Volume 45, Issue 3 :: by Stephen Kieran, Michael Saxenian, and Jason Smith
Architect and client reflect on making a new worship space on a Quaker school campus.
Sidwell Friends School, a K-12 Quaker school in Washington, D.C., recently transformed a 1950s gymnasium into a contemplative space for worship, with additional facilities for art and music instruction. Guided by the Quaker tenet of consensus, the planning process was both deliberate and inclusive. The depth of that partnership developed over many years, ultimately resulting in a series of ethical choices that melded into the final realization of the meeting house. Quaker meeting is a central part of the community experience at Sidwell Friends. Every student participates in weekly meetings that consist of sitting in silence and allowing messages to emerge. The belief is that each person has a direct connection with God or the divine, and that as messages come forward, they can be shared with the community. Meetings can be uneventful or quite profound as students voice thoughts important to themselves about their own lives or about the world around them. Thus a dedicated meeting house was an essential element of the KieranTimberlake master plan. Of particular importance was its location: at the front of campus, to signify the importance of worship (but where it might have compromised the administration building’s national historic register designation) or in the heart of campus, to signify the centrality of the faith. Some wondered whether the school should invest in a new building. However, the ethic of building reuse, which Sidwell Friends has worked to incorporate into all of its planning, is tied to two spiritually important tenets: stewardship and simplicity.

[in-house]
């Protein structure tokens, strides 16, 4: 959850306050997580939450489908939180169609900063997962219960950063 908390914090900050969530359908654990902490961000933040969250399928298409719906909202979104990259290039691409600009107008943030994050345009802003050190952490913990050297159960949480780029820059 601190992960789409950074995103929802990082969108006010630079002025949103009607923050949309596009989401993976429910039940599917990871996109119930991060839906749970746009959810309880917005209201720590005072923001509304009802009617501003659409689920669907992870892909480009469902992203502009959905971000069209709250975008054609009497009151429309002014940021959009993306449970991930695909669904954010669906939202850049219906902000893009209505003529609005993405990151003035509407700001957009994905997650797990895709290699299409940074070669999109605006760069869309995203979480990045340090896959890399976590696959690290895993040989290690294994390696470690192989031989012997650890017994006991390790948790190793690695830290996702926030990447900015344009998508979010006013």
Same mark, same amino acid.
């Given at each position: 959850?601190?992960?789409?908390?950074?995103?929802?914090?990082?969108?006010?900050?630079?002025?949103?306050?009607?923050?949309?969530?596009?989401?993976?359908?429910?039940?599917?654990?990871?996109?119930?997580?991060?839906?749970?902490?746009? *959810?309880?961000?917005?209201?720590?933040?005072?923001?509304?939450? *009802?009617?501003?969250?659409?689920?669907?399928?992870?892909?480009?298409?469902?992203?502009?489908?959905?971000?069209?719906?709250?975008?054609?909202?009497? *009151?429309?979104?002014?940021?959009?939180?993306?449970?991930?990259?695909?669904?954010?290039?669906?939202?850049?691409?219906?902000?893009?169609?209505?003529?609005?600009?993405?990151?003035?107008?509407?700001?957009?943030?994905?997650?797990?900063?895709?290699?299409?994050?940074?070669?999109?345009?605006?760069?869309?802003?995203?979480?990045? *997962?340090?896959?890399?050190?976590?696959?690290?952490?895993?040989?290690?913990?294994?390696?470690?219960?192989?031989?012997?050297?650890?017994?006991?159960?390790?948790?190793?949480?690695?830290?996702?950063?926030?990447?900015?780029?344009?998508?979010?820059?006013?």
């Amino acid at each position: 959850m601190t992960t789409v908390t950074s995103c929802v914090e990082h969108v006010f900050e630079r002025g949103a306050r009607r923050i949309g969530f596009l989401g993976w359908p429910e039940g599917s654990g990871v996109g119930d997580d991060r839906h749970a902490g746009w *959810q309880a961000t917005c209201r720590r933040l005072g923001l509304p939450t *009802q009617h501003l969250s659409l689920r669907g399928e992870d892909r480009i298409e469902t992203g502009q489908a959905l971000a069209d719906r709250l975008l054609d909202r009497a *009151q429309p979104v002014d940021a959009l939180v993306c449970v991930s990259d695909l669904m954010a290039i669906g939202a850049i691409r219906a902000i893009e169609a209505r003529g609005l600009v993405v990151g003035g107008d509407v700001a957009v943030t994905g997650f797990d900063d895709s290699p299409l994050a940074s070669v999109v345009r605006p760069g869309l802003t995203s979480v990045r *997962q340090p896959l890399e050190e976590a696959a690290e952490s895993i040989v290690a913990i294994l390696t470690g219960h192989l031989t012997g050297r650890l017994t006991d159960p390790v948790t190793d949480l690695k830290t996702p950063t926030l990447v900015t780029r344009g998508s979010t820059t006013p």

Kenworthy Gymnasium had been used as a makeshift worship space for more than a decade, and offered a unique “front and center” campus location. However, it was acoustically cavernous, noisy from building systems, and architecturally uninspiring; also, 500 folding chairs had to be set up for each meeting. So when a transformation was proposed, there was much skepticism about whether the gym could become a truly sacred space. Some questioned the cost of a comprehensive renovation versus that of a new building on the same site. A variety of cost analyses showed that retaining the old building would indeed be economically advantageous, and ultimately, despite the relatively modest quality of the original building, it became a question of value. Through many iterations, the design advanced far enough that both client and architect became convinced it would work. As one member of the community summarized, “It seems that the right thing to do, in a spirit of stewardship and environmentalism, is to hold onto as much as we can.” That sentiment provided a sense of closure on the decision to retain the existing building.